Report from Transnational Institute, Stop Wapenhandel and Tipping Point, with the collaboration of Centre Delàs: “Climate crossfire. How NATO’s 2% military targets contribute to climate breakdown”
Climate mitigation and adaptation efforts are chronically underfunded by billions of dollars, deepening the climate crisis and its impacts on citizens around the world. This has made climate finance one of the most contentious issues at annual United Nations climate summits as the richest countries that bear the most responsibility for climate breakdown have failed to keep even their limited promises of finance for those facing its harshest consequences. At the same time, the richest and most carbon-polluting nations are also increasing military expenditure. Global military spending has reached a record high of $2.24 trillion, more than half of this spent by NATO’s 31 member states, and budgets are projected to increase massively in the next few years.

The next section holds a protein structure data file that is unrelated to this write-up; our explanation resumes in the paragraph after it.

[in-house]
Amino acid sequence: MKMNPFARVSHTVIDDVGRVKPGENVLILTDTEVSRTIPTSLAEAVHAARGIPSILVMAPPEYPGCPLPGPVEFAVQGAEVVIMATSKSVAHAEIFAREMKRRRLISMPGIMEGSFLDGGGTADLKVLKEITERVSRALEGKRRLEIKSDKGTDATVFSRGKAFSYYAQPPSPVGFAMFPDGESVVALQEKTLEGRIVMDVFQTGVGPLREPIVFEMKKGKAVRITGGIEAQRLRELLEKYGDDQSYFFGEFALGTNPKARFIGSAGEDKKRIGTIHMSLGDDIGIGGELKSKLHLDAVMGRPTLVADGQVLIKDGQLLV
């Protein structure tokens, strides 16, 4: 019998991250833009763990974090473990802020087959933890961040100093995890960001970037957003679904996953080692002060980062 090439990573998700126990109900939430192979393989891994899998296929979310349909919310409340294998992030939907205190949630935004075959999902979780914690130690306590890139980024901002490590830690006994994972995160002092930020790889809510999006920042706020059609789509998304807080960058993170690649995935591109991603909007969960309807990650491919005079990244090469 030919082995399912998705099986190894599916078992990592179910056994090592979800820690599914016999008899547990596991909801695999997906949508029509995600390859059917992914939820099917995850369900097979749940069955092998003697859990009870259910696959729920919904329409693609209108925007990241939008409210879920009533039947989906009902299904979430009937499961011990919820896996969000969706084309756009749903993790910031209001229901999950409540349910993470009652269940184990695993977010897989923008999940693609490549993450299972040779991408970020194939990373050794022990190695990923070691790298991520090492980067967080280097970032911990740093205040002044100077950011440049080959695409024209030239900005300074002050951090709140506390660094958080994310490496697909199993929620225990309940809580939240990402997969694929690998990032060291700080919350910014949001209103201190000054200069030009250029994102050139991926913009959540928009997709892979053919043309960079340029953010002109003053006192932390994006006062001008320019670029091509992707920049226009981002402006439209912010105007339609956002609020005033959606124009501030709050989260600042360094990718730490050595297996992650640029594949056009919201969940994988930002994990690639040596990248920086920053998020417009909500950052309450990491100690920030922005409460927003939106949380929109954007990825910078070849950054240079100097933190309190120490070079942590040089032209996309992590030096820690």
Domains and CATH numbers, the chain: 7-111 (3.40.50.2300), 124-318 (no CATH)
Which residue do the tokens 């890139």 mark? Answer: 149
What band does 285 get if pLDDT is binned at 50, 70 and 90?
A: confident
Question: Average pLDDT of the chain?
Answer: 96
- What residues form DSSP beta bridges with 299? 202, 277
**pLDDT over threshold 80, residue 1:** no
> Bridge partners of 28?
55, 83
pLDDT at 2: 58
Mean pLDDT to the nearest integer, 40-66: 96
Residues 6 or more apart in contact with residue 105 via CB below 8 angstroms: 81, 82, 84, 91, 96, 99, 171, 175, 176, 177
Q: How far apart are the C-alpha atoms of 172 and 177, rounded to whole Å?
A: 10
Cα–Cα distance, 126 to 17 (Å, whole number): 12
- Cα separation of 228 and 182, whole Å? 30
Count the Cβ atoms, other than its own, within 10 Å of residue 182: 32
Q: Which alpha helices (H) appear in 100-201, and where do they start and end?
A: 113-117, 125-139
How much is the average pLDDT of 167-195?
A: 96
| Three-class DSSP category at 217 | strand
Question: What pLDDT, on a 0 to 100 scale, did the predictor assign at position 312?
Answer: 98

This briefing examines the impact of one of the key drivers of increased global military spending – NATO’s target for all its member states to spend a minimum of 2% of their Gross Domestic Product (GDP) on the military, and the related target of at least 20% of expenditure on equipment. It looks at the history of the target, how it drives military spending, its impacts on greenhouse gas (GHG) emissions, its likely overall financial and ecological impacts in the coming decade, and the arms industry that will profit from it.
Authors: Ho-Chih Lin, Nick Buxton, Mark Akkerman i Deborah Burton
Editors: Nick Buxton i Wendela de Vries
Report ellaborated by Transnational Institute, Stop Wapenhandel and Tipping Point North South, with the collaboration of Centre Delàs d’Estudis per la Pau and IPPNW Germany.